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HANDGUN BAN

City Picks Head of Team for Supreme Court Case

Walter E. Dellinger is a former acting U.S. solicitor general and has argued cases before the Supreme Court.
Walter E. Dellinger is a former acting U.S. solicitor general and has argued cases before the Supreme Court. (Daniel Acker - Bloomberg News)

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By David Nakamura
Washington Post Staff Writer
Friday, January 4, 2008

Acting D.C. Attorney General Peter Nickles has selected former acting U.S. solicitor general Walter E. Dellinger to defend the District's handgun ban in a high-stakes Supreme Court case.

Dellinger, now with the private firm of O'Melveny & Myers, had been working on the handgun case with a team of more than a dozen lawyers under the direction of D.C. special counsel Alan B. Morrison. Nickles fired Morrison late last week, however, in what Morrison has called a politically motivated act.

Nickles said Dellinger, will assume the lead role in the case without a hiccup because he helped Morrison write the 15,000-word brief that is due to the high court today. The Supreme Court is likely to hear the case in March.

Among the cases Dellinger has argued before the high court are ones dealing with physician-assisted suicide and the Brady Handgun Violence Prevention Act.

"I have confidence in Walter Dellinger," Nickles said. "He has argued a huge number of great cases."

Nickles also said he has brought on Robert Long, a former colleague of Nickles's from Covington & Burling, to assist the team. D.C. Solicitor General Todd Kim and Thomas Goldstein of Akin Gump, who also were part of Morrison's team, will remain on the case in key positions, Nickles said.

After Morrison was fired, some city leaders expressed concern that the District would not have a government lawyer in charge of the high-profile handgun-ban case. The city appealed to the Supreme Court to maintain the ban after a lower court overturned it in the spring. The court has not examined a Second Amendment case in 70 years.

Nickles said that he considered handing the reins to Kim, who has never argued before the Supreme Court, but that Kim was concerned that his time would be limited because of a family matter.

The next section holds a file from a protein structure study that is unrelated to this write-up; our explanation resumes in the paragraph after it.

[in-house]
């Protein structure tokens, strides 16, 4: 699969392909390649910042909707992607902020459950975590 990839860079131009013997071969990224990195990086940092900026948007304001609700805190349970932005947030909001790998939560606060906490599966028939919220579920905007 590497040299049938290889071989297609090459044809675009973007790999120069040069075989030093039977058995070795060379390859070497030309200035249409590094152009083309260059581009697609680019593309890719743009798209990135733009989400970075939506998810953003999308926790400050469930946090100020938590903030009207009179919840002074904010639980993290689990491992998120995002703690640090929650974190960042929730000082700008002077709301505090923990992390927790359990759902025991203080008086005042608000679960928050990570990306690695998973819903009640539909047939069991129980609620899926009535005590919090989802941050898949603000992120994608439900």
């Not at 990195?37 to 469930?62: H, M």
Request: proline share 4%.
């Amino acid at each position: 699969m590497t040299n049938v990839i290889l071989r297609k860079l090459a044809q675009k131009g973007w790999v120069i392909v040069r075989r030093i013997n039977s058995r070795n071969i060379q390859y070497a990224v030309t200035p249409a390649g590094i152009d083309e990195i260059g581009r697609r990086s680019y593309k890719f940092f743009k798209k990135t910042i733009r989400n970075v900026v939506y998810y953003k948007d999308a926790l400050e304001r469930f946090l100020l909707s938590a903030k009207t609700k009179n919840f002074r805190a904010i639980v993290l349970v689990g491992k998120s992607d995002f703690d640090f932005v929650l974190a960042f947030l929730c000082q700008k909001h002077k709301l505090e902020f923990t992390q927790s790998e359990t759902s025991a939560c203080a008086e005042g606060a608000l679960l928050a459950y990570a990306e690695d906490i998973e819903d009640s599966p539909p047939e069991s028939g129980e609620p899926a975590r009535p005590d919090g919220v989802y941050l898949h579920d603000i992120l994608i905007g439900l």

Ultimately, Nickles said, "Dellinger was the most experienced guy."

Dellinger served three years as U.S. assistant attorney general and head of the Office of Legal Counsel under President Bill Clinton. He currently is special counsel to the Board of Directors of the New York Stock Exchange, according to O'Melveny & Myers's Web site.

Nickles was Mayor Adrian M. Fenty's general counsel until two weeks ago, when Attorney General Linda Singer resigned in frustration, saying Fenty (D) relied more heavily on Nickles to make key legal decisions. Fenty replaced her with Nickles, who met with Morrison on Dec. 21 and chose to dismiss him last Friday.

Morrison, who has argued 20 Supreme Court cases and is highly regarded in the city's legal community, has complained that Nickles removed him as a way to purge Singer's allies from the attorney general's office. But a government source said Nickles was upset when Morrison failed to heed some suggestions Nickles made about the handgun brief.

"Bottom line: I did not have confidence in Morrison," Nickles said.

Morrison said yesterday that he had one conversation with Nickles about a relatively "tiny point" in the brief and that the matter was resolved after discussions between them and several other lawyers.

"That can't be the basis of why he lost confidence in me," Morrison said.

Morrison is well-regarded in the city's legal community, but so is Dellinger, who has argued 17 cases before the Supreme Court and compiled a record of 12 wins and 5 loses. He has two other cases scheduled before the high court before the D.C. gun ban case will be heard.

Dellinger said he had never met Nickles before Nickles offered him the lead role Wednesday evening. Although Dellinger said he thinks highly of Morrison, he said that ultimately, "my obligation is to the District and to do what is best in the case. Therefore, in these circumstances, I agreed to do the arguments."

His work for the city has been pro bono.


© 2008 The Washington Post Company

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